3 Common Misconceptions About Information Security Compliance

by Brad Garland

Your business generates massive volumes of data that demand smart and secure management. However, confusion and misconceptions run rampant when it comes to information security and compliance with big data. Looking beyond the three most common misconceptions about information security compliance can help you ensure that your data and systems are secure.Dollarphotoclub_75253882

Misconception #1: It’s All About Data

While data is definitely an important part of compliance management, it's the entire approach to safeguarding information that actually demands more attention. A business should be equally concerned about the type and health of the systems where the data resides and where it's likely to be used, secured and authorized network access, and suitable encryption protocols for sensitive information, among other things.

Misconception #2: It’s All about Confidentiality

Confidentiality is just one of the three key factors required for sufficient security, but it’s the most obvious. Information security solutions in an organization are based on three crucial elements known as the CIA, or AIC triad, namely:

1. Confidentiality

2. Integrity

3. Availability

Confidentiality means the data is protected from unauthorized access. Integrity implies the data is reliable and correct. Availability guarantees authorized and secure access to information.

All of these factors are a part of a holistic approach to IT regulatory compliance management for big data. It's crucial to efficiently identify and segregate sensitive data, apply necessary security protocols to store and access data safely, and restrict access accordingly to ensure confidentiality.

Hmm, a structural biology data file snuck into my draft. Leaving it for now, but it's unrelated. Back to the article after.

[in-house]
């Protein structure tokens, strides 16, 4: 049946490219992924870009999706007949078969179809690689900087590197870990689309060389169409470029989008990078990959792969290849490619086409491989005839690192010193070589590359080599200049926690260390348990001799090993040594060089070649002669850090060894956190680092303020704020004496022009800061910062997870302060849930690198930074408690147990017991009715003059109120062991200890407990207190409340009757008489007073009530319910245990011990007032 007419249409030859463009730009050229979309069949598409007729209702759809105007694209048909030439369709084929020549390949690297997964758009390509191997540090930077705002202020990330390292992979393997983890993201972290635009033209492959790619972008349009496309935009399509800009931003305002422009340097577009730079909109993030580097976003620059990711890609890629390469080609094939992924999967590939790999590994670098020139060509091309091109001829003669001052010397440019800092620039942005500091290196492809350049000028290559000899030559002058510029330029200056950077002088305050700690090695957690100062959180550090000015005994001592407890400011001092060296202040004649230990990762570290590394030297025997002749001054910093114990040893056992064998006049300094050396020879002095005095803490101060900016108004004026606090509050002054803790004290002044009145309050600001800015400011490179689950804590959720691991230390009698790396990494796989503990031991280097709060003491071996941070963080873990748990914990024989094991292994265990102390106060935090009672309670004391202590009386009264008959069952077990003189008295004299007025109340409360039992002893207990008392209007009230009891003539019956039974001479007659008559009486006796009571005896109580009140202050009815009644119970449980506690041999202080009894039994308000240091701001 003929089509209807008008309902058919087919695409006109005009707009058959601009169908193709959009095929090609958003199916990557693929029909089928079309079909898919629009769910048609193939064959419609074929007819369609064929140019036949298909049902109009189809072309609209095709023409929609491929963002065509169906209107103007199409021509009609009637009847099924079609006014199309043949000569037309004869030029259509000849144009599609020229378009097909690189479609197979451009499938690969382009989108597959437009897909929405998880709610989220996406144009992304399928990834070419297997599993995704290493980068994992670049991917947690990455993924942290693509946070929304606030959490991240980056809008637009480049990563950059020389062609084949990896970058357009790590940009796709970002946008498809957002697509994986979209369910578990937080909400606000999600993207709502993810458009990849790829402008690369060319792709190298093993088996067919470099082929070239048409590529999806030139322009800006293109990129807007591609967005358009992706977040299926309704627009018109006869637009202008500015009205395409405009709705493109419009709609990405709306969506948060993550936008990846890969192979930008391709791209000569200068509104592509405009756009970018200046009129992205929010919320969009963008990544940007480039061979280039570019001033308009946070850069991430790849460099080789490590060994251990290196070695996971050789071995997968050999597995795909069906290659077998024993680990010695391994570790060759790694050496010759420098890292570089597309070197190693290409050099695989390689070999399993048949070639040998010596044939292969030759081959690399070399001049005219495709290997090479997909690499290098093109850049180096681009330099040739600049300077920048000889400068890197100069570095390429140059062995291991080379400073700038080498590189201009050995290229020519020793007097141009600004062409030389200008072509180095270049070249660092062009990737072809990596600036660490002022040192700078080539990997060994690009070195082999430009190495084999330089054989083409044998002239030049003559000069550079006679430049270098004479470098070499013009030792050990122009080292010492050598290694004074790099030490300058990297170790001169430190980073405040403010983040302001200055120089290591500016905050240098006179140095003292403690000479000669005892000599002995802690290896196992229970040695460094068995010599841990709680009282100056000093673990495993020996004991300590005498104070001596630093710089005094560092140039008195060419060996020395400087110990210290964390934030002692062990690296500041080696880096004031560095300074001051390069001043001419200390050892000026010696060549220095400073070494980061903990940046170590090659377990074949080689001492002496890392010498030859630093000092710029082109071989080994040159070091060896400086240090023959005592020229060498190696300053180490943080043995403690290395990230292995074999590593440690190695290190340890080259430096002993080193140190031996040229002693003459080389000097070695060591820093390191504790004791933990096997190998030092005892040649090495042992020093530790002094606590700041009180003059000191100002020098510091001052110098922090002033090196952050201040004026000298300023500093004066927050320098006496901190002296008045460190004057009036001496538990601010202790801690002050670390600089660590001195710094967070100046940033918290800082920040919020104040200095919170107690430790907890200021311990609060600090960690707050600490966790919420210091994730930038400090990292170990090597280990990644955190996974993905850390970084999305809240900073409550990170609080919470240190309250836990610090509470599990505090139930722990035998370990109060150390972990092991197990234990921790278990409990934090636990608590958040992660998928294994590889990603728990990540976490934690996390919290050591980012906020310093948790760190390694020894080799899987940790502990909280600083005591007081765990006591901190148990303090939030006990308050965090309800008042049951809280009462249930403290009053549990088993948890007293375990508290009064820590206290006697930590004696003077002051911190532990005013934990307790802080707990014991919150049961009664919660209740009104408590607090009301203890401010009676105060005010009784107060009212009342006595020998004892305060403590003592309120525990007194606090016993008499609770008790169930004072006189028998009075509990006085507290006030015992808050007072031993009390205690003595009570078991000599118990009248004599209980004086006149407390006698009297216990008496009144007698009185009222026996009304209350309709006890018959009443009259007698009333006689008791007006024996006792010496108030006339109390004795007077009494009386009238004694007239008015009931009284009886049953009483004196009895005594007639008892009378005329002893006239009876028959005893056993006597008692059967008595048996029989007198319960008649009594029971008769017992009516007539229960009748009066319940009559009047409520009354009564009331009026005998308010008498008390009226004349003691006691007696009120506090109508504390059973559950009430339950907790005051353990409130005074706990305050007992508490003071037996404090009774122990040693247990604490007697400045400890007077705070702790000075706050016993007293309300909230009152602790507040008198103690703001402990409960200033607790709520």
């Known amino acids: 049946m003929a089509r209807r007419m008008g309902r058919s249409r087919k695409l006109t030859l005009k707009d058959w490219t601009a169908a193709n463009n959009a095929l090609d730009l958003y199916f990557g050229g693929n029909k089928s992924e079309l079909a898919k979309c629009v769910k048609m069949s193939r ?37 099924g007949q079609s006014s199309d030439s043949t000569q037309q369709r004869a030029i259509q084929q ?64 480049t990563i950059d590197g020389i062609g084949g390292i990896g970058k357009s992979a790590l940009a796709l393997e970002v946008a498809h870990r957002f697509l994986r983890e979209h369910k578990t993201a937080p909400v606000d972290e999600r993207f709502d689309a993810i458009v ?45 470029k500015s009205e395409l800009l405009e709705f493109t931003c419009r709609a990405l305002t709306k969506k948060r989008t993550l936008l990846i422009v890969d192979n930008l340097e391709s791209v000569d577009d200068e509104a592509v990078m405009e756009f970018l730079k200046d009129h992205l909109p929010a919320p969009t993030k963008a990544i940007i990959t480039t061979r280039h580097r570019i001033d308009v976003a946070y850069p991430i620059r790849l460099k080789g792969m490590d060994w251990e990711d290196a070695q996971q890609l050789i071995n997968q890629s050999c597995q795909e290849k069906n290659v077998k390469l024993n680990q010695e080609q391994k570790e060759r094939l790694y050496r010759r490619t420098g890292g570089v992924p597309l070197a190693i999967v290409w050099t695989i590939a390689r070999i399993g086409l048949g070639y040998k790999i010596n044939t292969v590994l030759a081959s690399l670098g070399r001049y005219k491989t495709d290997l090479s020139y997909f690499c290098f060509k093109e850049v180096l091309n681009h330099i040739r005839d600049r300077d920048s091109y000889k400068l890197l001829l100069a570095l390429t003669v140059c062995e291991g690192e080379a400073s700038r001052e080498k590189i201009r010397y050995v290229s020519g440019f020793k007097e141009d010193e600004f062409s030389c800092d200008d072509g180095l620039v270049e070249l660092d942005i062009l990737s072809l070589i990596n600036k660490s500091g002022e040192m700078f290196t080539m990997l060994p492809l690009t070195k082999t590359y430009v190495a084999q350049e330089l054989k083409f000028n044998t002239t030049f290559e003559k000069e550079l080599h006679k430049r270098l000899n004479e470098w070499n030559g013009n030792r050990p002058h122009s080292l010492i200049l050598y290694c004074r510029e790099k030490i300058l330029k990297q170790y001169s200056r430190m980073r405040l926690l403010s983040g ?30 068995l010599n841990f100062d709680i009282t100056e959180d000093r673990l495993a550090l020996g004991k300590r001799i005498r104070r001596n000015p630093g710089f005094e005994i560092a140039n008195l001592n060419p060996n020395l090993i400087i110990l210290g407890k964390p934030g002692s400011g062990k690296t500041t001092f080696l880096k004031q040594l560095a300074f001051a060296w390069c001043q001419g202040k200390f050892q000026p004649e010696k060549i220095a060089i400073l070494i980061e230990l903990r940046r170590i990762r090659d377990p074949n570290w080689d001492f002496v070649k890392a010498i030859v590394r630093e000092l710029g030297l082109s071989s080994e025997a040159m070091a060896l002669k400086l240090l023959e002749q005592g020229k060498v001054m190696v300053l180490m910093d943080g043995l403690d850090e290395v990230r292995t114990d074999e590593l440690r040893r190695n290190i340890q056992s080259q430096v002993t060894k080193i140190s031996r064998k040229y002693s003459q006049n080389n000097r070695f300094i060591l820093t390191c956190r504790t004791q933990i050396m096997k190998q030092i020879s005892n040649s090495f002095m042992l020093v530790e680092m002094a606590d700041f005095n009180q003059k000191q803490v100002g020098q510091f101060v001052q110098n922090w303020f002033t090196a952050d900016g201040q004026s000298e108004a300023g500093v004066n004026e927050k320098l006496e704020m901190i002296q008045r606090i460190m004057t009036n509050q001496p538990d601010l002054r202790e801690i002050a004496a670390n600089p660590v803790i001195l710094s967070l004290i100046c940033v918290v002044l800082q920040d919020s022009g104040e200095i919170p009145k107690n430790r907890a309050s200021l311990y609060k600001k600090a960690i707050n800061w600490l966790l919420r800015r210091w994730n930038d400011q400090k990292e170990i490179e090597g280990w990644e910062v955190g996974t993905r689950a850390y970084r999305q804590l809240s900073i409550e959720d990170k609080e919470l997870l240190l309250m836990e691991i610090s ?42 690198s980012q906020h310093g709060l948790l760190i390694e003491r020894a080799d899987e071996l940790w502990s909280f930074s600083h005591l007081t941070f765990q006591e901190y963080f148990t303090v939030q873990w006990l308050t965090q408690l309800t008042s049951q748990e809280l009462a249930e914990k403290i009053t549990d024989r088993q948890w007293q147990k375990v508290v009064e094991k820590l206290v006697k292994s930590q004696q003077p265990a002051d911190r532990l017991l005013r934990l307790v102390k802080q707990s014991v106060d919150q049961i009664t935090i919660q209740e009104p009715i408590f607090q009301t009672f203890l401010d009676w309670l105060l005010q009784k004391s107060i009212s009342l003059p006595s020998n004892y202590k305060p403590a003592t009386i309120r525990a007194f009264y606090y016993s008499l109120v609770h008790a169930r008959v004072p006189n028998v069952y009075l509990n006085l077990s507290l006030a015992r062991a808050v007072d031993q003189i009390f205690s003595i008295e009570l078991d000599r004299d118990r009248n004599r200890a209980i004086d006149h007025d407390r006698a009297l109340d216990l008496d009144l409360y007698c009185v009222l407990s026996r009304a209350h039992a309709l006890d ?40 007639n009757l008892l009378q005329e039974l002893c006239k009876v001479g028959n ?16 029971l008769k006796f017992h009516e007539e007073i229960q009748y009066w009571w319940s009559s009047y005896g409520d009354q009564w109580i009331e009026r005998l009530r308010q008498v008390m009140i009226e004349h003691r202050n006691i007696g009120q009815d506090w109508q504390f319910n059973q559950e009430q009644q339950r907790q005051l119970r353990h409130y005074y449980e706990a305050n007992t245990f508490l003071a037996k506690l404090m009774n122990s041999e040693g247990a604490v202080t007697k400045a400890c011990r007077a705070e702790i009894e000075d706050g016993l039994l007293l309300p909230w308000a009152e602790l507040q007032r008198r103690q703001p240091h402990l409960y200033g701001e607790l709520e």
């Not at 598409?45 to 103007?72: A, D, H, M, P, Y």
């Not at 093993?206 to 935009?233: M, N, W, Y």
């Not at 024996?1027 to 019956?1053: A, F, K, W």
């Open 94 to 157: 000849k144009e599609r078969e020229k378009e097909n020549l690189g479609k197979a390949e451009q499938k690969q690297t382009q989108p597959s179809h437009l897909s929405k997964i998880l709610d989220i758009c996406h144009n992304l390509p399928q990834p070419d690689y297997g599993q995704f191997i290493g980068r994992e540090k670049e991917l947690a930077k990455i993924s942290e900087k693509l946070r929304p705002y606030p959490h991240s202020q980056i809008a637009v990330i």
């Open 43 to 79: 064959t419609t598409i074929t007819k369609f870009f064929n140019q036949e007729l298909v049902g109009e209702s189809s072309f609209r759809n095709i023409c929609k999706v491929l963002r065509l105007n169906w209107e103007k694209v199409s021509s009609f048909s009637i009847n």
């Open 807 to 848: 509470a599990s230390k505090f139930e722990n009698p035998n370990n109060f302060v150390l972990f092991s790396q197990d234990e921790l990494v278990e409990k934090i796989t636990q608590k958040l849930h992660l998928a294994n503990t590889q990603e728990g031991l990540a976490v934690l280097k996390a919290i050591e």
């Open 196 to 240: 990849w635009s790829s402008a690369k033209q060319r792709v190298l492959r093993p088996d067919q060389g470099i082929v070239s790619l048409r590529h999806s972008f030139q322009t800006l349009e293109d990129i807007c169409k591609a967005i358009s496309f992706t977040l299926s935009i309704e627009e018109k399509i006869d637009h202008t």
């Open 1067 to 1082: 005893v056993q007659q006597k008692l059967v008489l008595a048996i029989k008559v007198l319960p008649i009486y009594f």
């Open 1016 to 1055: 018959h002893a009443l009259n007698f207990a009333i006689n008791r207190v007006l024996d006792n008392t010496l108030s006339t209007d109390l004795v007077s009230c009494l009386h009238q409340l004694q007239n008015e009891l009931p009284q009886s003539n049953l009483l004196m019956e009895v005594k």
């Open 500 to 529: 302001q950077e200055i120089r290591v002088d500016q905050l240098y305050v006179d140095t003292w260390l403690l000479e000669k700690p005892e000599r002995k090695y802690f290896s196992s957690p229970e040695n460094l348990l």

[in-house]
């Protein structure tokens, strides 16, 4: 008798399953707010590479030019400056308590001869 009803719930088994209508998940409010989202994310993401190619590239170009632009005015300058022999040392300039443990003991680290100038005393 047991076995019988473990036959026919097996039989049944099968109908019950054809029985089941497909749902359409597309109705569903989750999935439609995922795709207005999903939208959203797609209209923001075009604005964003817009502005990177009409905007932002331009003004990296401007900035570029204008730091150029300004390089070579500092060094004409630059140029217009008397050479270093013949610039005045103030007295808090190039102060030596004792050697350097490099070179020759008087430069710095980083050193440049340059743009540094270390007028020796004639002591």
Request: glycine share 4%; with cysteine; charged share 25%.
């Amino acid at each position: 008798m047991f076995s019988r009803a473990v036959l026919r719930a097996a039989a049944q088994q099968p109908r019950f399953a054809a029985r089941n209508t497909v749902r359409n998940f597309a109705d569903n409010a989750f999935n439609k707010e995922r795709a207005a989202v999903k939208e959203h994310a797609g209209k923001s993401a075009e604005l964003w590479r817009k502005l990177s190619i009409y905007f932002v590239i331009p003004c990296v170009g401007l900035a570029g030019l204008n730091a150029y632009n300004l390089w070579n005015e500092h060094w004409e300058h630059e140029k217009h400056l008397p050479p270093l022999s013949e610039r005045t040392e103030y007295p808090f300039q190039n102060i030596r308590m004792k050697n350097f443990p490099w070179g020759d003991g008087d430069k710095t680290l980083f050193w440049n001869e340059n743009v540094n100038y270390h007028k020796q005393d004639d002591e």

Misconception #3: It Has to Be Perfect

Security measures adopted to protect data are hardly perfect, given the fact that most traditional defense mechanisms are bound to be compromised by innovative extraction-mining techniques and ever-evolving attack strategies. Many people believe any breach means liability issues for the business, but this isn't true.

The best course of action is to keep your security measures appropriate and robust enough to safeguard valuable information. It's important to proactively assess potential threats and data protection requirements and adopt suitable strategies to secure information, rather than opt for damage control once a breach has occurred. When you do that, compliance liability issues are unlikely to surface.

Having a comprehensive threat prevention and mitigation plan in place not only prevents breaches or attacks, but also helps identify and limit the damage and speed the recovery.


Information security compliance management is a matter of prime concern, but it may not be as daunting or complex as it seems. Liability usually only happens when the business hasn’t even tried to address data security. It can be avoided by adopting proactive security measures to comprehensively address the specific requirements of the business space. It is, however, an ongoing process that demands regular updates. Check out our free webinar for more information on maintaining sufficient security measures.